Death of a Writer by Michael Collins

smcleish's review

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Originally published on my blog here.

Campus novels are not uncommon; novels about writers even less so. But Michael Collins has here produced an excellent novel, by incorporating a striking crime thriller theme into this self-consciously literary setting.

The title character is a literature professor at Bannockburn College, a once-famous writer whose punk-like attitude helped bring about a decline in his career to the point where a meeting with an old friend who is still a best-selling author drives him to a suicide attempt. While he remains near death, a postgraduate student from the English department discovers a lost novel in his home, published decades ago by a now defunct vanity press and apparently so thoroughly forgotten that it no longer appears on Pendleton's CV. Intrigued, Abi begins to read it, and is impressed by what turns out to be a first person narrative daringly written from the point of view of a child killer. She eventually manages to get Scream published, and it becomes a best-seller as well as restoring Pendleton's literary reputation. But then a few people begin to realise that the crime depicted bears a close resemblance to a real cold case from local area.

Considered as a crime thriller, The Secret Life of E. Robert Pendleton moves at a glacially slow pace. It will, however, retain the interest of a genre fan because of the idea behind the plot. The extra space is used to include elements from literary fiction, particularly to develop the characterisation of Abi. The themes of the novel seem to be the way that bad choices come back to haunt us, and the relationship between fiction and reality - does Pendleton's depiction of the crime in Scream make him the criminal, someone who spoke to the criminal, or someone with a imagination unfortunately too close to that of the killer?

A touch of patience from thriller fans will be well rewarded. There are some fantasic scenes, such as the interrogation of another author and academic by the police, where he deconstructs the questions as though they are texts relating to an academic study of the philosophy of crime genre fiction.

All the main characters in The Secret Life are failures of one sort or another, at least in their own eyes, and are generally not at all reconciled to being so. There is the perennial student, the once fêted writer who cannot maintain his early promise, the writer who pursued commercial success and despises himself for it, the policeman unsatisfied by his second marriage, not to mention the people originally suspected of the murder, none of whom have done anything with their lives. They are not particularly likeable, either, which is something which usually makes it harder for me to enjoy a book; but this time, it did not, because of the interest of the idea and the complexity of the characters (who do at least have sympathetic traits as well).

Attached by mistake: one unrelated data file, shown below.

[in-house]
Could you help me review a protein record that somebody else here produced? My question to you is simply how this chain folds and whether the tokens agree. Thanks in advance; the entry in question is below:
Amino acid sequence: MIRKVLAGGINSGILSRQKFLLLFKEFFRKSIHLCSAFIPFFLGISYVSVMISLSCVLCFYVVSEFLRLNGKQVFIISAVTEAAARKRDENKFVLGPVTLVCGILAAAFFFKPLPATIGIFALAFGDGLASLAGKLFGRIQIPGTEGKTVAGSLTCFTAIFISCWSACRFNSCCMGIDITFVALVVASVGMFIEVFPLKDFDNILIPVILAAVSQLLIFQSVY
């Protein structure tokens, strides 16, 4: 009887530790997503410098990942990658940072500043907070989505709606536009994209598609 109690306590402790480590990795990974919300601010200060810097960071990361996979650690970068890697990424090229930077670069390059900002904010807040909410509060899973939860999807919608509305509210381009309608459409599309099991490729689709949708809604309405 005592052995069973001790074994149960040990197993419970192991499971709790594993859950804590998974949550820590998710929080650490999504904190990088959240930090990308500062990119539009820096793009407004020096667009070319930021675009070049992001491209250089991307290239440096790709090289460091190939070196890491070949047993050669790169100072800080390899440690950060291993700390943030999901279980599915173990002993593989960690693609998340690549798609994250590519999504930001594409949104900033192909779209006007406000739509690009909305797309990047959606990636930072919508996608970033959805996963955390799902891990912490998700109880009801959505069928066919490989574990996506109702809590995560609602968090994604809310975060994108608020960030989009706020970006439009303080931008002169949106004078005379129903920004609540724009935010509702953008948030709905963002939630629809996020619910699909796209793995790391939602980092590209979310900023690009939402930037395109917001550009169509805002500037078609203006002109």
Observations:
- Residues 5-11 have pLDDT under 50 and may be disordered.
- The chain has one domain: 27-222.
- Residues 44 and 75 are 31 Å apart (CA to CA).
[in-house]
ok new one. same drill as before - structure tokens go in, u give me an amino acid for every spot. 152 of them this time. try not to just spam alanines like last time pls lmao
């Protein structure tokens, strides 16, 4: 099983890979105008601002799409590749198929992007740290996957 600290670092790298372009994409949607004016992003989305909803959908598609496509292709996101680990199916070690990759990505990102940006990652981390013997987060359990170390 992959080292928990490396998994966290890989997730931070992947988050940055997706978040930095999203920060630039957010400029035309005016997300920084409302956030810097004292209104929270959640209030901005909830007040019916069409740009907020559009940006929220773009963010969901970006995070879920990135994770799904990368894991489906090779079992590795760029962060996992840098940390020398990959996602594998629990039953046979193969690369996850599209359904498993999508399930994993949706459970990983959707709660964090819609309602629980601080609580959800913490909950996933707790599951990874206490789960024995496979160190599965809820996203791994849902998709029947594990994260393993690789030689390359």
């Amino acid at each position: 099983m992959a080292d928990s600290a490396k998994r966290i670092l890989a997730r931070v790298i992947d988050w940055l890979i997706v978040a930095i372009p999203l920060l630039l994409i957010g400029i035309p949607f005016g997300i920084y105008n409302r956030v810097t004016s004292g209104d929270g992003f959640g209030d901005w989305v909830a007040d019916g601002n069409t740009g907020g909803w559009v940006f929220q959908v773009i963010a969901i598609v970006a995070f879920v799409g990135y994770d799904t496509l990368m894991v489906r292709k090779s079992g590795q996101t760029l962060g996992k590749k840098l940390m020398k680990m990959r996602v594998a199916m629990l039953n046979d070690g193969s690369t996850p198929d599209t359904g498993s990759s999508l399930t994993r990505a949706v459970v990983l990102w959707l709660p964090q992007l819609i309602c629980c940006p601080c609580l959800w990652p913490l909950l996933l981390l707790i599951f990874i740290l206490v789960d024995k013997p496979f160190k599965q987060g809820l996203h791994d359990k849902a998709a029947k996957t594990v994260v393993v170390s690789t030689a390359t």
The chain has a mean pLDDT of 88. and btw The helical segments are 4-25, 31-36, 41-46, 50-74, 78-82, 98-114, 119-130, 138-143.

The title is one of the poorest parts of The Secret Life of E. Robert Pendleton, being long, awkward, and unmemorable, as well as saying little about the themes of the novel. It has also been published as Death of a Writer, which is misleading and not very good either. A couple of minutes' thought suggested A Murder in Fiction, but I think that with only a modicum of effort, this too could be bettered.

spygrl1's review

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The novel concerns itself not just with the investigation of a crime, but also with issues of authorship/appropriation, responsibility, and the ways in which one person influences the life of another, sometimes directly and profoundly, sometimes secretly and subtly.

The book begins with E. Robert Pendleton, a failure. He is a professor of English at small Bannockburn College. He does not like his job, or anything else about his lot in life. He has had occasional breakdowns, and this Homecoming weekend seems destined to bring him to another crisis as his rival, the best-selling Allen Horowitz, is coming to Bannockburn to speak. Pendleton decides to kill himself.